The future of immunology offers so much to be excited about. There is rapid development and refinement of new tools that enable us to do many types of analyses and manipulations of genome, transcriptome, epigenome, proteome, metabolome, and cells and tissues. Artificial intelligence now enables predictive modeling, design automation, and high-throughput screening, which can transform protein engineering and drug discovery. These new technologies, when applied to the right questions with the right approach, can bring about new insights and treatments at an unprecedented speed. At the same time, having access to these powerful and plentiful tools makes it all too easy to fall into randomly trying many omics approaches without a clear direction, which could lead to a plethora of big data without necessarily offering much insight. Now more than ever, graduate and postdoctoral education must incorporate critical and scientific thinking at the forefront.

Turning inward to focus on AAI, we must ask, what can AAI do for its members? In close collaboration with the new CEO, Dr. Loretta Doan, and the AAI leadership, I hope to contribute to key changes that can further improve this already amazing organization. First and foremost, I would like to help revamp AAI to serve the next generation of immunologists from diverse backgrounds. Young scientists are the future of immunology, and what better way to spend our efforts and resources than to focus on these future scientists? To this end, we are already seeing concrete improvements. In 2023, we started providing on-site childcare free to our members so mothers and fathers can attend the meeting and still enjoy being with their children at the venue. AAI also ended the practice of holding the annual meeting over Mother’s Day weekend—starting with 2024, annual meetings will be held on April or May non-holiday weekends. AAI is also committed to hosting meetings in states that protect women’s reproductive rights. I am excited that the 2024 annual meeting will take place in Chicago!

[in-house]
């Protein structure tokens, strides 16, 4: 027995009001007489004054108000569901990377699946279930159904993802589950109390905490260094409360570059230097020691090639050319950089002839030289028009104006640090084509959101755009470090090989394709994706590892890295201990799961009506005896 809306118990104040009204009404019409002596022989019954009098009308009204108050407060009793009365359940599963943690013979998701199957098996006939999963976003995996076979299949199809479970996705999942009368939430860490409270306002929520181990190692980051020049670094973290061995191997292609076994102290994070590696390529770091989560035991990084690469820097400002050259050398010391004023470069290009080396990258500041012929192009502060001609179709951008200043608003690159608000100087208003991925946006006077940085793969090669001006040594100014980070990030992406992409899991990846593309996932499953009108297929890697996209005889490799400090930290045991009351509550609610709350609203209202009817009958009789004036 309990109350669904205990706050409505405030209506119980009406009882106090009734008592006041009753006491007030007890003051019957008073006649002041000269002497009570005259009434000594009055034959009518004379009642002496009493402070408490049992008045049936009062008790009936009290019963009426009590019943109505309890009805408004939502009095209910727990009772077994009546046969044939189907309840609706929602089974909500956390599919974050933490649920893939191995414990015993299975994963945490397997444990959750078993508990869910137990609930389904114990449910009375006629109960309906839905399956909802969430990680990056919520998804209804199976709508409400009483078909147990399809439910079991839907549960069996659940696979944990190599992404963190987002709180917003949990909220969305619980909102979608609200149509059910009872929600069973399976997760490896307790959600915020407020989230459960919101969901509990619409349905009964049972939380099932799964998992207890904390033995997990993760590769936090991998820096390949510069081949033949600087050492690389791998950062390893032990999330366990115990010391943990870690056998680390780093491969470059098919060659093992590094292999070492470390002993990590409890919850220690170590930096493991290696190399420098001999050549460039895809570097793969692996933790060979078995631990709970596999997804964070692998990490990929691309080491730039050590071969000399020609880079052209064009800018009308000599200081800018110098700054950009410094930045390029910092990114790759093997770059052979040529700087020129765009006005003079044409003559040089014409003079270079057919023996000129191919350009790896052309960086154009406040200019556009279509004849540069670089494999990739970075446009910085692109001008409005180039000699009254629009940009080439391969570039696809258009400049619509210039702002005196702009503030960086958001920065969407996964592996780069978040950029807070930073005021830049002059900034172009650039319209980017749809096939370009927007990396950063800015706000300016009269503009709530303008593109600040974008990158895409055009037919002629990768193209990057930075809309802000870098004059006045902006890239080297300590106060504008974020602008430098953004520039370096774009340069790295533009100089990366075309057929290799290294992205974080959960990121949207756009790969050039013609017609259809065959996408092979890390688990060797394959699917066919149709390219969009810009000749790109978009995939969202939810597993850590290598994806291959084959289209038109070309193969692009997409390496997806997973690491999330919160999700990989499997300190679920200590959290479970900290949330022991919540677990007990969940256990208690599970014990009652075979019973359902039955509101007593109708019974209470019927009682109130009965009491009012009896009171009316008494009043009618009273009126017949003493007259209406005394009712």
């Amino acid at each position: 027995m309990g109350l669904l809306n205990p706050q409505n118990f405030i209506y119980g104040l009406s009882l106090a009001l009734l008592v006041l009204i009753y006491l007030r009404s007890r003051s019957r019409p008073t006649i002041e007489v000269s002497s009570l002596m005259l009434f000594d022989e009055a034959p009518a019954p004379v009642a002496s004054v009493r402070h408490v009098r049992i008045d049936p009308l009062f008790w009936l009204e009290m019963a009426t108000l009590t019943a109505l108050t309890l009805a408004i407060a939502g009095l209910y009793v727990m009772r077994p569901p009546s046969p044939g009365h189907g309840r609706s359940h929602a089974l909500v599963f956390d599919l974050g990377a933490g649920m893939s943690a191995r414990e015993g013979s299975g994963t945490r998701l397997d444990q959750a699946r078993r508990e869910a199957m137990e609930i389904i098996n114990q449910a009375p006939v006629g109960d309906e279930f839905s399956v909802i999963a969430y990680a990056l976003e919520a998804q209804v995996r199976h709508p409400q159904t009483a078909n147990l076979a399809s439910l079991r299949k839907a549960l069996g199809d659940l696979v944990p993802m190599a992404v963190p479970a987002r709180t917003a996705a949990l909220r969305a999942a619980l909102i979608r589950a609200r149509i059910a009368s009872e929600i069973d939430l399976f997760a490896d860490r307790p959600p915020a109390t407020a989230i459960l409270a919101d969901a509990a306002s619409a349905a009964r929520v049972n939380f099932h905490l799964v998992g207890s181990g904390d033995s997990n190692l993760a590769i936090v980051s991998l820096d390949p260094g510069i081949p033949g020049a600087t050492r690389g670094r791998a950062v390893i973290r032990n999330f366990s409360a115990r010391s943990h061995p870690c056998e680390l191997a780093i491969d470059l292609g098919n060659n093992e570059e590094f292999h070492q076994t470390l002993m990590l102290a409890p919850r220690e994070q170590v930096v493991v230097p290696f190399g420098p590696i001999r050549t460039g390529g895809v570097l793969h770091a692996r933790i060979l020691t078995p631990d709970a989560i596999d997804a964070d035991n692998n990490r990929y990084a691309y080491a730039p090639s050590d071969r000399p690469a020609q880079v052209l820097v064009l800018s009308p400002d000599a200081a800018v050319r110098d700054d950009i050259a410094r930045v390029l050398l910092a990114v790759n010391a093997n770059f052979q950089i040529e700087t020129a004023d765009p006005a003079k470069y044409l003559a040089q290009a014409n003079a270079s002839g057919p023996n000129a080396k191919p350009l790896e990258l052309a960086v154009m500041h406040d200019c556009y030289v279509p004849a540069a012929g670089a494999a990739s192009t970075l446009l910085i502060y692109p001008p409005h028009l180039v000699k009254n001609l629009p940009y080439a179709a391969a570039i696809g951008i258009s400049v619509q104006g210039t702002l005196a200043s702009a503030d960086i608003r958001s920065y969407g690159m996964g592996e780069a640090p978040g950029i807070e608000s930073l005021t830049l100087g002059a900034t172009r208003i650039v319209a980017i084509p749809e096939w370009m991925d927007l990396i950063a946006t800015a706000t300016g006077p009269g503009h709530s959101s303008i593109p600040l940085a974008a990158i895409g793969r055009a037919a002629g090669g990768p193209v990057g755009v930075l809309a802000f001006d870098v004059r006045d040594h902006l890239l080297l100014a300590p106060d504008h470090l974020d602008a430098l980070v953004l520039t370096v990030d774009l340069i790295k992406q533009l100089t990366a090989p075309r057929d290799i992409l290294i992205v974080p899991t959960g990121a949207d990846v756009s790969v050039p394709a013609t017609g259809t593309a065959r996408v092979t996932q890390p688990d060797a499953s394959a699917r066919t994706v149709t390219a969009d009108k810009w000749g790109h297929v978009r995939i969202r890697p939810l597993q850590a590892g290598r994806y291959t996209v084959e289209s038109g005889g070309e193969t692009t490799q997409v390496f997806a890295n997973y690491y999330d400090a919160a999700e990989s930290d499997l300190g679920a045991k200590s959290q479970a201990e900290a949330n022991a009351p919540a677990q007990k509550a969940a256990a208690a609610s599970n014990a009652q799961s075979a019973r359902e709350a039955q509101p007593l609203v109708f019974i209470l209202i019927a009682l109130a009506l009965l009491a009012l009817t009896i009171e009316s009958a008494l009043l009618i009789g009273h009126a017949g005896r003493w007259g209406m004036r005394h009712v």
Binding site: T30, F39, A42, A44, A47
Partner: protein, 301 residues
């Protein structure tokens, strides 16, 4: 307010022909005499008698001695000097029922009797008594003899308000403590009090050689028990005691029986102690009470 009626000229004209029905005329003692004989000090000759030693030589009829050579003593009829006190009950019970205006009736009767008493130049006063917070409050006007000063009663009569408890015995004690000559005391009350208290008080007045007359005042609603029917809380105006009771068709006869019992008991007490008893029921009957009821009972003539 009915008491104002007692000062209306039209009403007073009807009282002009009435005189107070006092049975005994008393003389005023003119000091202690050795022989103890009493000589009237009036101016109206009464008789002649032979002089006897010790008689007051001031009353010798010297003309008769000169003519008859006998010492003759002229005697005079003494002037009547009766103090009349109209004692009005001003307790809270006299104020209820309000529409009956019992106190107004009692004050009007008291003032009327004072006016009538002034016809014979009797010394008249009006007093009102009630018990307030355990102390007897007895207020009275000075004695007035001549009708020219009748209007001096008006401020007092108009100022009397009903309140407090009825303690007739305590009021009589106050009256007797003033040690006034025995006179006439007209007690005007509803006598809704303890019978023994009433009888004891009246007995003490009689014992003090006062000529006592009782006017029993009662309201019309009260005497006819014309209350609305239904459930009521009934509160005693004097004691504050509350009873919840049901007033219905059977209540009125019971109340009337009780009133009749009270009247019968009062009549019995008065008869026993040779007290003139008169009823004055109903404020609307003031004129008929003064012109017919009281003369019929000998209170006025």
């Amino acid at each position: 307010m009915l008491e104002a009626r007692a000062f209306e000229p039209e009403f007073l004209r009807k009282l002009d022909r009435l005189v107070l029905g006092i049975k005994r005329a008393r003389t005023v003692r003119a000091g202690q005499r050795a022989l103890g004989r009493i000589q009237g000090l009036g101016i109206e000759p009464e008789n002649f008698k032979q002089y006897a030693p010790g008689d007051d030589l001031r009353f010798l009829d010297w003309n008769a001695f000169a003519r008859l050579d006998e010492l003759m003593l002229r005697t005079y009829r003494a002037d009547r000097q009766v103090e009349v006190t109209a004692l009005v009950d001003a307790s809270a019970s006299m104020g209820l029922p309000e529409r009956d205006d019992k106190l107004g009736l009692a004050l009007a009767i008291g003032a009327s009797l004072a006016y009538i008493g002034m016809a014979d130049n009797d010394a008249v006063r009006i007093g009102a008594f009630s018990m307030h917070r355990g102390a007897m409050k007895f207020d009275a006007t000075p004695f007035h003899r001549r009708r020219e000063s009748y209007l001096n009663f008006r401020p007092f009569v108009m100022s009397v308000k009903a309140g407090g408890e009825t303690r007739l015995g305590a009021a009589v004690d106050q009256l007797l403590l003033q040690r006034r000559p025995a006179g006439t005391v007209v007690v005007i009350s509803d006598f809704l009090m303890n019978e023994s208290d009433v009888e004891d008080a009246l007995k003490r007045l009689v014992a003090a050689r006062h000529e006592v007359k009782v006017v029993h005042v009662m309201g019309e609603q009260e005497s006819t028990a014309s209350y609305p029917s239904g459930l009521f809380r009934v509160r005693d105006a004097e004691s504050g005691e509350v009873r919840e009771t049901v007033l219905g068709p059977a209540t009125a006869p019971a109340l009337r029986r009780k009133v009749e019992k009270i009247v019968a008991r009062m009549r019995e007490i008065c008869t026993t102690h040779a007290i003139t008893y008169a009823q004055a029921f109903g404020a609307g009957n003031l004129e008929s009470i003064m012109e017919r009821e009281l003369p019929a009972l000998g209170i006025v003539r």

I want to take this opportunity to highlight some of the member-serving efforts that are ongoing at AAI, which include awards, courses, publications, annual meetings, and public policy. One office I wish to highlight is the Public Policy and Government Affairs office, headed by Lauren Gross, J.D. Lauren, together with Jake Schumacher and Emily Kansler, Ph.D., provides an incredible wealth of knowledge on the up-to-date happenings on the Hill and guides the Council on how to navigate impending changes in Congress or the Department of Health and Human Services with the potential to impact the direction of federal research and funding. This office also supports the Public Policy Fellows program, which has produced 118 Fellows (with an additional 10 who just started their fellowship year) who are making important public policy contributions. AAI also has a History and Archives office that offers a wealth of information about its history, members, and the field of immunology’s contributions to the world, capably run by John Emrich, Ph.D.